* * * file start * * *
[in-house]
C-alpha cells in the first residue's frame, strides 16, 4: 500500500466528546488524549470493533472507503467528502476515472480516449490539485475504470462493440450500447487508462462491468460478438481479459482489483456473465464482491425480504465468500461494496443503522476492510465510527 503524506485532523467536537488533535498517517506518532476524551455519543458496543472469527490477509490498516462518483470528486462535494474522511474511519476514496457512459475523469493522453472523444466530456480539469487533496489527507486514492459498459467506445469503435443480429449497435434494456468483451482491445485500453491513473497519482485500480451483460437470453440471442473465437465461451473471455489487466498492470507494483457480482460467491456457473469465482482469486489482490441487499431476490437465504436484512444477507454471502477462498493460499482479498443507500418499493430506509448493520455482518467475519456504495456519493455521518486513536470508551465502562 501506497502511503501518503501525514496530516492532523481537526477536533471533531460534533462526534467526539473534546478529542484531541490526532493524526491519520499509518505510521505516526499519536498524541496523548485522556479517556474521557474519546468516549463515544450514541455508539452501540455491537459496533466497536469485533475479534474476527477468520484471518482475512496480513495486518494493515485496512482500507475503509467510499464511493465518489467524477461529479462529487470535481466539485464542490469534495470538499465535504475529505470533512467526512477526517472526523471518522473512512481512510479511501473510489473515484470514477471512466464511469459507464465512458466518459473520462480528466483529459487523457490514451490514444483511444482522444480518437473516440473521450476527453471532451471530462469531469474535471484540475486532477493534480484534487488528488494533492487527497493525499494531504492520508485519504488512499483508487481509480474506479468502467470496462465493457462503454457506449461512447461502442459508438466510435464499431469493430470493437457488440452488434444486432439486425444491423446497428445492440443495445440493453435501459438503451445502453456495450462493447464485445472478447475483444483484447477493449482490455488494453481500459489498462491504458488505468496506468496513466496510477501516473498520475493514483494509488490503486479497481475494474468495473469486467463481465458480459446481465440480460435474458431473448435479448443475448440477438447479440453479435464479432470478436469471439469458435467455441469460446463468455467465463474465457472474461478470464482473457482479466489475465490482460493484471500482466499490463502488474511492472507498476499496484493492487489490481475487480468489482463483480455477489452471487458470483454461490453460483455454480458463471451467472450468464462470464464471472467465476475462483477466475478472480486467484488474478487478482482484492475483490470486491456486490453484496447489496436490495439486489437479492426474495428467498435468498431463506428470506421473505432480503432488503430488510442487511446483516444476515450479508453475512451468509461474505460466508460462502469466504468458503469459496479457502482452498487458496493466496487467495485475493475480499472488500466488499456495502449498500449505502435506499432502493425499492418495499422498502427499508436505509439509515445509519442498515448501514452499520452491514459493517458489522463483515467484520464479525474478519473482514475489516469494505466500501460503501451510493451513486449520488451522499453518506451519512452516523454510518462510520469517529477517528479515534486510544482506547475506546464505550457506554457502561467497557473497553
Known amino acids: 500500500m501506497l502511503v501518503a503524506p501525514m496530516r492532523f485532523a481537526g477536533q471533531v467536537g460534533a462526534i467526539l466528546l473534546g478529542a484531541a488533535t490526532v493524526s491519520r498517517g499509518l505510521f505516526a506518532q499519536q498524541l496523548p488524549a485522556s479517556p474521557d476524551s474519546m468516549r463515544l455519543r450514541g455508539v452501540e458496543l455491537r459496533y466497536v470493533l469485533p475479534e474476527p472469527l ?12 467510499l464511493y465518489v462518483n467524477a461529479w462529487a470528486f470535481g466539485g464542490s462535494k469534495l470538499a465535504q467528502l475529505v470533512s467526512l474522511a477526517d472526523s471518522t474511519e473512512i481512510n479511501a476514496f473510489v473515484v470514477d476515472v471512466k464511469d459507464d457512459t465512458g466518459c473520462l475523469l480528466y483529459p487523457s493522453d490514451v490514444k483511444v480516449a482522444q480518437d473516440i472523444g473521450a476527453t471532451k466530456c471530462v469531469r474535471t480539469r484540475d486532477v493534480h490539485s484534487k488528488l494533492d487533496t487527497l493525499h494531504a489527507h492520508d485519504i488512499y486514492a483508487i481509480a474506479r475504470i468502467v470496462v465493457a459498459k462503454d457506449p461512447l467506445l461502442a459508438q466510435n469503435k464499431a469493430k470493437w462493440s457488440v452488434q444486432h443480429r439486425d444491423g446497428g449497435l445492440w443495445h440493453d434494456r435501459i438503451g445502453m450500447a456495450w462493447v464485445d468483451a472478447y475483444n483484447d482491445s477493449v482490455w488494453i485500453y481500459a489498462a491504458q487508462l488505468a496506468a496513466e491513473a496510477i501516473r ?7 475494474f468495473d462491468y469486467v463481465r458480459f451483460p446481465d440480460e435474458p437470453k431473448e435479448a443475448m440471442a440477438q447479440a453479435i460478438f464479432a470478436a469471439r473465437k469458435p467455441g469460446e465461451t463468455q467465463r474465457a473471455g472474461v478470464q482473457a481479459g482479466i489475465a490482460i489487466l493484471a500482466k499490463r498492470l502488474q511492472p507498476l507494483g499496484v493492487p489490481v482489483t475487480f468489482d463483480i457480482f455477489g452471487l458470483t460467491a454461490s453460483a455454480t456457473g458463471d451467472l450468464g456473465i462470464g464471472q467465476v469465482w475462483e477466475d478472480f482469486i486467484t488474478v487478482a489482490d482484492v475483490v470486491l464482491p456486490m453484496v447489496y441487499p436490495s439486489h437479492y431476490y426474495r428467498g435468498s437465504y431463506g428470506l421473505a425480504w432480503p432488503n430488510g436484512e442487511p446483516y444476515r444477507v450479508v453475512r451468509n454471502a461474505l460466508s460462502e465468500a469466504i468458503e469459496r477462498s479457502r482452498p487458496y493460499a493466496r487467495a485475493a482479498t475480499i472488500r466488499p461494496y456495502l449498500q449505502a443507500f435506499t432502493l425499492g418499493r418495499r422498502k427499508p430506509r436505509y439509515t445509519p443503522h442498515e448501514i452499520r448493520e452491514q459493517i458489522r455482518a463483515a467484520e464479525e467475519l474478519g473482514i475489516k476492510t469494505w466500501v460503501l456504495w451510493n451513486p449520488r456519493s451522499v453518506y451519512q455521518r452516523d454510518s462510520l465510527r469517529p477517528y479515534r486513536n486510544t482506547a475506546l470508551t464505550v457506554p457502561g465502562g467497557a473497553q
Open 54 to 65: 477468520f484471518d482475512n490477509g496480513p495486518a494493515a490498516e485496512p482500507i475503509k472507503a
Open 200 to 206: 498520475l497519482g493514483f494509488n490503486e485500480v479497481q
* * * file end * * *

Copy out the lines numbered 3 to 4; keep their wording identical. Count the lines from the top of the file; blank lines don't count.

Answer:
Known amino acids: 500500500m501506497l502511503v501518503a503524506p501525514m496530516r492532523f485532523a481537526g477536533q471533531v467536537g460534533a462526534i467526539l466528546l473534546g478529542a484531541a488533535t490526532v493524526s491519520r498517517g499509518l505510521f505516526a506518532q499519536q498524541l496523548p488524549a485522556s479517556p474521557d476524551s474519546m468516549r463515544l455519543r450514541g455508539v452501540e458496543l455491537r459496533y466497536v470493533l469485533p475479534e474476527p472469527l ?12 467510499l464511493y465518489v462518483n467524477a461529479w462529487a470528486f470535481g466539485g464542490s462535494k469534495l470538499a465535504q467528502l475529505v470533512s467526512l474522511a477526517d472526523s471518522t474511519e473512512i481512510n479511501a476514496f473510489v473515484v470514477d476515472v471512466k464511469d459507464d457512459t465512458g466518459c473520462l475523469l480528466y483529459p487523457s493522453d490514451v490514444k483511444v480516449a482522444q480518437d473516440i472523444g473521450a476527453t471532451k466530456c471530462v469531469r474535471t480539469r484540475d486532477v493534480h490539485s484534487k488528488l494533492d487533496t487527497l493525499h494531504a489527507h492520508d485519504i488512499y486514492a483508487i481509480a474506479r475504470i468502467v470496462v465493457a459498459k462503454d457506449p461512447l467506445l461502442a459508438q466510435n469503435k464499431a469493430k470493437w462493440s457488440v452488434q444486432h443480429r439486425d444491423g446497428g449497435l445492440w443495445h440493453d434494456r435501459i438503451g445502453m450500447a456495450w462493447v464485445d468483451a472478447y475483444n483484447d482491445s477493449v482490455w488494453i485500453y481500459a489498462a491504458q487508462l488505468a496506468a496513466e491513473a496510477i501516473r ?7 475494474f468495473d462491468y469486467v463481465r458480459f451483460p446481465d440480460e435474458p437470453k431473448e435479448a443475448m440471442a440477438q447479440a453479435i460478438f464479432a470478436a469471439r473465437k469458435p467455441g469460446e465461451t463468455q467465463r474465457a473471455g472474461v478470464q482473457a481479459g482479466i489475465a490482460i489487466l493484471a500482466k499490463r498492470l502488474q511492472p507498476l507494483g499496484v493492487p489490481v482489483t475487480f468489482d463483480i457480482f455477489g452471487l458470483t460467491a454461490s453460483a455454480t456457473g458463471d451467472l450468464g456473465i462470464g464471472q467465476v469465482w475462483e477466475d478472480f482469486i486467484t488474478v487478482a489482490d482484492v475483490v470486491l464482491p456486490m453484496v447489496y441487499p436490495s439486489h437479492y431476490y426474495r428467498g435468498s437465504y431463506g428470506l421473505a425480504w432480503p432488503n430488510g436484512e442487511p446483516y444476515r444477507v450479508v453475512r451468509n454471502a461474505l460466508s460462502e465468500a469466504i468458503e469459496r477462498s479457502r482452498p487458496y493460499a493466496r487467495a485475493a482479498t475480499i472488500r466488499p461494496y456495502l449498500q449505502a443507500f435506499t432502493l425499492g418499493r418495499r422498502k427499508p430506509r436505509y439509515t445509519p443503522h442498515e448501514i452499520r448493520e452491514q459493517i458489522r455482518a463483515a467484520e464479525e467475519l474478519g473482514i475489516k476492510t469494505w466500501v460503501l456504495w451510493n451513486p449520488r456519493s451522499v453518506y451519512q455521518r452516523d454510518s462510520l465510527r469517529p477517528y479515534r486513536n486510544t482506547a475506546l470508551t464505550v457506554p457502561g465502562g467497557a473497553q
Open 54 to 65: 477468520f484471518d482475512n490477509g496480513p495486518a494493515a490498516e485496512p482500507i475503509k472507503a